Why Nigerian Players Don’t make Big Moves to Europe?

No sooner had the FIFA Brazil World Cup 2014 drawn its curtains than the insatiable eyes of football fans shifted attention to the ins and outs of the summer transfer window of Europe’s ‘Big Five’, comprising Spain, England, Germany, Italy and France, the ultimate destination of every footballer.


Super Eagles Player


Incidentally, the just concluded mundial, which tied France 1998 world cup on most goals scored (171), has provided those markets with the right impetus for transfer business. The 2014 edition of the world cup produced a record 121 scorers, making it unarguably a tournament for attackers. A few of the world’s biggest stars turned up with stellar performances to reaffirm their reputation, while a new generation of youngsters was discovered. This also bodes well for the transfer window, which serve as a veritable platform for players to relaunch their careers, and get bigger challenges.


Countries such as Columbia, Mexico, Costa Rica, Argentina, and even Algeria can look up with pride at not only their team’s spirited performance at the mundial, but also the attention and deals being lavishly splashed on their players by top clubs in Europe.


Though the same cannot be said of Nigeria. The Super Eagles with an average age of 25.3 paraded the most youthful side at the 2014 world cup, only behind Ghana. Therefore, the world cup could not have come at a better time for the lads to sell themselves to European suitors. The fact that only eight members of the squad ply their trade in Europe’s Big Five puts the picture in clearer perspective. Not to mention the limited roles almost all squad members play in their respective club.


It is still fresh memory that each outing of the Super Eagles at the world cup was heralded by European clubs chasing for the signature of our players. Take for example in 1994, Emmanuel Emenike moved from Zamalek SC to Sporting Clube de Portugal after a good showing in USA. His team mate, Daniel ‘The Bull’ Amokachi also signed for Everton, thanks to his exploits in the same tournament.


There was a repeat scenario in 1998 when PSG splashed around $24 million on Jay Jay Okocha following his dazzling performance in France ’98 world cup.


The trend continued in 2002 with Joseph Yobo earning a move to Everton after an impressive display in South Korea/Japan, which he capped with an assist to Julius Aghahowa against Sweden.


Super Eagles Player


In a rather bizarre year for Nigeria, the Super Eagles failed to qualify for the 2006 edition that was hosted by Germany. However, the team secured ticket for South Africa 2010 world cup, but the ignominy suffered due to first round elimination perhaps ensured that no member of that ill-fated squad got big suitors.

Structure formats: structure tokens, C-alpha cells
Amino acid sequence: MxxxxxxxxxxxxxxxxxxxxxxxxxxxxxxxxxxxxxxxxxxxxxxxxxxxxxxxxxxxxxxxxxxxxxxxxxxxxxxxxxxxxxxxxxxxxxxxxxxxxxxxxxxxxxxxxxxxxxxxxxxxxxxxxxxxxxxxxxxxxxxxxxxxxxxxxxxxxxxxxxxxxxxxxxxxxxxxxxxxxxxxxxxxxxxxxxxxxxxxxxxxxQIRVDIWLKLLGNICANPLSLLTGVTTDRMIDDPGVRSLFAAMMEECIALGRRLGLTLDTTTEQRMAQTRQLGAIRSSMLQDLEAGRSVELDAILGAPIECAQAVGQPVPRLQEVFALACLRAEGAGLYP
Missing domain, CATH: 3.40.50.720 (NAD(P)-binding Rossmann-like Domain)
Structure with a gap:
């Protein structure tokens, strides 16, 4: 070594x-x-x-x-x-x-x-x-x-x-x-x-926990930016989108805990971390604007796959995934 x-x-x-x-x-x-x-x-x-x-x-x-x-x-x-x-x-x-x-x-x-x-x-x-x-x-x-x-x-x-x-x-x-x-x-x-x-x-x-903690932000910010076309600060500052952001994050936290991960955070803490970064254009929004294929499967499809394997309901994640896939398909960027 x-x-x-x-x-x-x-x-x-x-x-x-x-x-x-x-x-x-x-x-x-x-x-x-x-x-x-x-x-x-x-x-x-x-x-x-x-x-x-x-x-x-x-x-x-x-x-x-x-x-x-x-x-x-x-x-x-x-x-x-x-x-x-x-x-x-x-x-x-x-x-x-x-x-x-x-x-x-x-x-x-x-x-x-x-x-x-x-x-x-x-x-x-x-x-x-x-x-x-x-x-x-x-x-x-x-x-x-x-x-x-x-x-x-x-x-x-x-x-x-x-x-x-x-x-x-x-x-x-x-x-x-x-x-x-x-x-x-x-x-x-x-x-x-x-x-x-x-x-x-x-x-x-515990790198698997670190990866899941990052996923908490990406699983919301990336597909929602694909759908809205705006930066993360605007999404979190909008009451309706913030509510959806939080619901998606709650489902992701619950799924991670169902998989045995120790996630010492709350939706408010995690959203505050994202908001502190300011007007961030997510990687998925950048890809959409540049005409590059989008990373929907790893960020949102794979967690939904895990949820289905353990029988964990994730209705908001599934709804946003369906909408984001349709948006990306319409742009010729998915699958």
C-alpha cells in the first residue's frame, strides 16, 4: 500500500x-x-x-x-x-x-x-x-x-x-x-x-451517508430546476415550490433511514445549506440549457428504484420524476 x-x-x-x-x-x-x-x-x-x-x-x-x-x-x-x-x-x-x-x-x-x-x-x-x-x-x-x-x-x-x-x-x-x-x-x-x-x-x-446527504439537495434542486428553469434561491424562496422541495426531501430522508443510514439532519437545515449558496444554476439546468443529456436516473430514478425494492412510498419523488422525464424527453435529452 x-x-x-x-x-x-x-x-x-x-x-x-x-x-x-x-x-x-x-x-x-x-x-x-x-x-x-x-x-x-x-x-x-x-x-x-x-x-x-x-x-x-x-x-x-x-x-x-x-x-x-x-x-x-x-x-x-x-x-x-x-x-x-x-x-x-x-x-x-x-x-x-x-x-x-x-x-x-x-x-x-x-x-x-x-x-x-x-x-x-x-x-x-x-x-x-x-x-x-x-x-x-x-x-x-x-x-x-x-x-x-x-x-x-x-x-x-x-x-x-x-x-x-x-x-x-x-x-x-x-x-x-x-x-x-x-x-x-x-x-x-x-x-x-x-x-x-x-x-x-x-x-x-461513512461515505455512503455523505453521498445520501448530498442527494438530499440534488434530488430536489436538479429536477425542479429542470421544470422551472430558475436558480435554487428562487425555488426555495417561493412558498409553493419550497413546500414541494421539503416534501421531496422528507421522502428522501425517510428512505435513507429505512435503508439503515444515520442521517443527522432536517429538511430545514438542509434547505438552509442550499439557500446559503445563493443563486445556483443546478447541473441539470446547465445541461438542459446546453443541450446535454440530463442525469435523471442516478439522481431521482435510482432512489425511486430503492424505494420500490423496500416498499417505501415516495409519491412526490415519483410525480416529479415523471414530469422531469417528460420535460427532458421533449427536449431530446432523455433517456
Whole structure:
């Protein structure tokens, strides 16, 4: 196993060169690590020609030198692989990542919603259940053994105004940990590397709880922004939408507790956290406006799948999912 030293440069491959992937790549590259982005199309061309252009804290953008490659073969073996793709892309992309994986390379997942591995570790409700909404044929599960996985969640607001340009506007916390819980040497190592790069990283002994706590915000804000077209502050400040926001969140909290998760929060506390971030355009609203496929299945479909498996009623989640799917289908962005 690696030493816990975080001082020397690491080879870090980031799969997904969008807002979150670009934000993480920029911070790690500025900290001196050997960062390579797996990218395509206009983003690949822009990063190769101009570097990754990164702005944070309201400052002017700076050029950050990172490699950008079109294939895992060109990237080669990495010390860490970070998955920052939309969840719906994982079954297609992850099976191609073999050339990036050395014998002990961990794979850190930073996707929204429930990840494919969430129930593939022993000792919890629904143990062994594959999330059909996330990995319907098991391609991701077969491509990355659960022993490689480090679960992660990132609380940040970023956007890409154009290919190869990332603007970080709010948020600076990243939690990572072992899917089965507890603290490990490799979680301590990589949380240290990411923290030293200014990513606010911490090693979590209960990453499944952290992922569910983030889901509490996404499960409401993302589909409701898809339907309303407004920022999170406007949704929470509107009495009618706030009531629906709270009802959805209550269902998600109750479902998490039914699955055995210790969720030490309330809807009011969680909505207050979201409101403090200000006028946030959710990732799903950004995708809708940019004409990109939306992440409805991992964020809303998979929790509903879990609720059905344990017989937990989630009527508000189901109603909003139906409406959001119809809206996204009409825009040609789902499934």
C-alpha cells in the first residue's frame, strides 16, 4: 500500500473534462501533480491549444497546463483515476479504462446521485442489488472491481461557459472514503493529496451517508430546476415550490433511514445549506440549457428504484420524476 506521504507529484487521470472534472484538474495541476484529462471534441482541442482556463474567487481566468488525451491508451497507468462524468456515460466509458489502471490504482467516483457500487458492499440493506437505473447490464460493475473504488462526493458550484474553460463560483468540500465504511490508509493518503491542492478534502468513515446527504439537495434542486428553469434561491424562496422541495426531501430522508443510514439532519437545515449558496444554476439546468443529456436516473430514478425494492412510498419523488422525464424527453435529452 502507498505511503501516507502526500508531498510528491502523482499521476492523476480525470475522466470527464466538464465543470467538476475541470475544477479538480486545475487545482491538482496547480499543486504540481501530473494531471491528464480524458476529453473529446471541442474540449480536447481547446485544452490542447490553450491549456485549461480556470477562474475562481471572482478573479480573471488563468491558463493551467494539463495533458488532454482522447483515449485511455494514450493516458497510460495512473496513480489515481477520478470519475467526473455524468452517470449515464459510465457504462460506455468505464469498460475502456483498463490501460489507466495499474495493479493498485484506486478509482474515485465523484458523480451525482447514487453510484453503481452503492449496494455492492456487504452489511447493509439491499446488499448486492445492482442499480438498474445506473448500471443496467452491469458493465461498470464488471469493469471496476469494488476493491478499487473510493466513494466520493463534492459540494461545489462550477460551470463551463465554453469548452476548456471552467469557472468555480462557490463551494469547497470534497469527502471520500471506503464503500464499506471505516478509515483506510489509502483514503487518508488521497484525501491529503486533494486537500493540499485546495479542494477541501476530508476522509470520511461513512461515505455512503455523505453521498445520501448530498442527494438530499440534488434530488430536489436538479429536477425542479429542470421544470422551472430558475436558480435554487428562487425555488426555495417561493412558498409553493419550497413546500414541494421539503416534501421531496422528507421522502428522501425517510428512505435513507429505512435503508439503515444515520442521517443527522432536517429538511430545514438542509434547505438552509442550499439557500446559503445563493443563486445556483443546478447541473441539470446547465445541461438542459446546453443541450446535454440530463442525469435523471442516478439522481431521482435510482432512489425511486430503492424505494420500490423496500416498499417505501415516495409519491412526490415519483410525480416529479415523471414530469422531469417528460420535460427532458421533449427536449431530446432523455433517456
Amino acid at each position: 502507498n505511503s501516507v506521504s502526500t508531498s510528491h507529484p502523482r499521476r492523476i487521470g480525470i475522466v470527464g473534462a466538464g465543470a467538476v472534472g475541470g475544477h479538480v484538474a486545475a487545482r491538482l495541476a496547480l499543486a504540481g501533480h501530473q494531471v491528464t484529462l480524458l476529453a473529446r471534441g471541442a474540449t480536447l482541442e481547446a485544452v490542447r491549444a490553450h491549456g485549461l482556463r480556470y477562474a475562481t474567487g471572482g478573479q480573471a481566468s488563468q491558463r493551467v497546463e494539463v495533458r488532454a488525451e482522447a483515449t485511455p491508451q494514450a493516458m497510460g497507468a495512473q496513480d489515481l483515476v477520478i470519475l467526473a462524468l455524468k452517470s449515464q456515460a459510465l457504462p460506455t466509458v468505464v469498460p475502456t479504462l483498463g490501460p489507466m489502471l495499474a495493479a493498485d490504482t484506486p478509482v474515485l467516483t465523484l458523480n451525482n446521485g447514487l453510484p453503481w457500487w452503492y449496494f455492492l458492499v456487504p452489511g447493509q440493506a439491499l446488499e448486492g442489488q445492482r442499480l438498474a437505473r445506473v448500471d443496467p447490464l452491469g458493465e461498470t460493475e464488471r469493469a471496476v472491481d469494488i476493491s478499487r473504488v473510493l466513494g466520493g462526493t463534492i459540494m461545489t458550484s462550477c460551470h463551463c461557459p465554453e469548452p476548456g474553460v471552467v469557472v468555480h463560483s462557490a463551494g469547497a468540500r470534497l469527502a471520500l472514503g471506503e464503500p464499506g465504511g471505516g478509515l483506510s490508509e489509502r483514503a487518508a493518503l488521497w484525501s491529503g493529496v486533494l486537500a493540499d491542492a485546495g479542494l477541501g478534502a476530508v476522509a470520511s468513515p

There is a general consensus amongst football administrators and fans that Nigeria is richly blessed with an abundance of footballing talents. From the swampy marshes of the Niger Delta groove to the street sides of Jos Metropolis, down to the hoods in Lagos, Nigeria possesses an amazing pool of real talents ready for harnessing and utilization.


Then, what is responsible for the paradoxical dearth of top Nigerian players?


A cross-section of stakeholders share the view that the existing structure and modus operandi of football academies in the country (Dare Football Wears, Anfield Lane Sport Promotion, Samuel Jones Jerseys, L And M Football Academy, Scan Soccer Football Academy, Star Football Academy, Peace World Football Academy, Kwara Football Academy, Pepsi Football Academy, etc) are not properly tailored to ‘catch them young’. The problem seems to stem from inadequate funding, with most of them surviving on the generosity of their benefactors, which may not be adequate for their programmes. So what we term ‘football academy’ in Nigeria is no more than a ‘clearing house’ of half-baked footballers, who are only fit for the leagues in Cyprus, India, Israel, Denmark.


There is also the issue of mismanagement of player transition in the national team cadre (U17, U20, U23, Senior Team). Unlike what is obtainable in Spain, Germany and other football developed nations where a successful team at youth level is properly managed along the various grades until graduation into the senior team, Nigeria is yet to successfully achieve that. The closest we got was the glorious ’94 set which had been together since 1988. Coincidentally, Steven Keshi, in the aftermath of the Golden Eaglets triumph at the U17 World Cup 2013, advised the team to focus on making gradual promotion up the hierarchy. In this wise, the Nigeria Football Federation must carry the can for its insensitiveness and lack of attention to the budding careers of our boys. Where are the Rabiu Ibrahims, Macauley Chrisantus’, Lukman Harunas, Yakubu Alfas, Edafe Egbedis, Ramon Azeez’ and the Stanley Okoros? It’s time we started getting answers from the NFF.


Where perhaps has been our greatest undoing in football is in the area of systematic age cheat in FIFA age-grade competitions. Factors attributable to this perennial and nagging issue are, our win-at-all-cost mentality, non-implementation of blue-print for our national team, especially age-grades, amongst others. That today Nigeria is the most successful nation in the history of FIFA U17 competition, yet cannot boast of a single FIFA world cup medal tells the story that cheating pays in the short run but hurts in the long run. As the Poet would write, O dearth, where is thy sting?


By Da Epic Pen

You can follow Da Epic Pen on his twitter handle @IMELIKACHIEKENE; email: ekene.imelikachi@gmail.com

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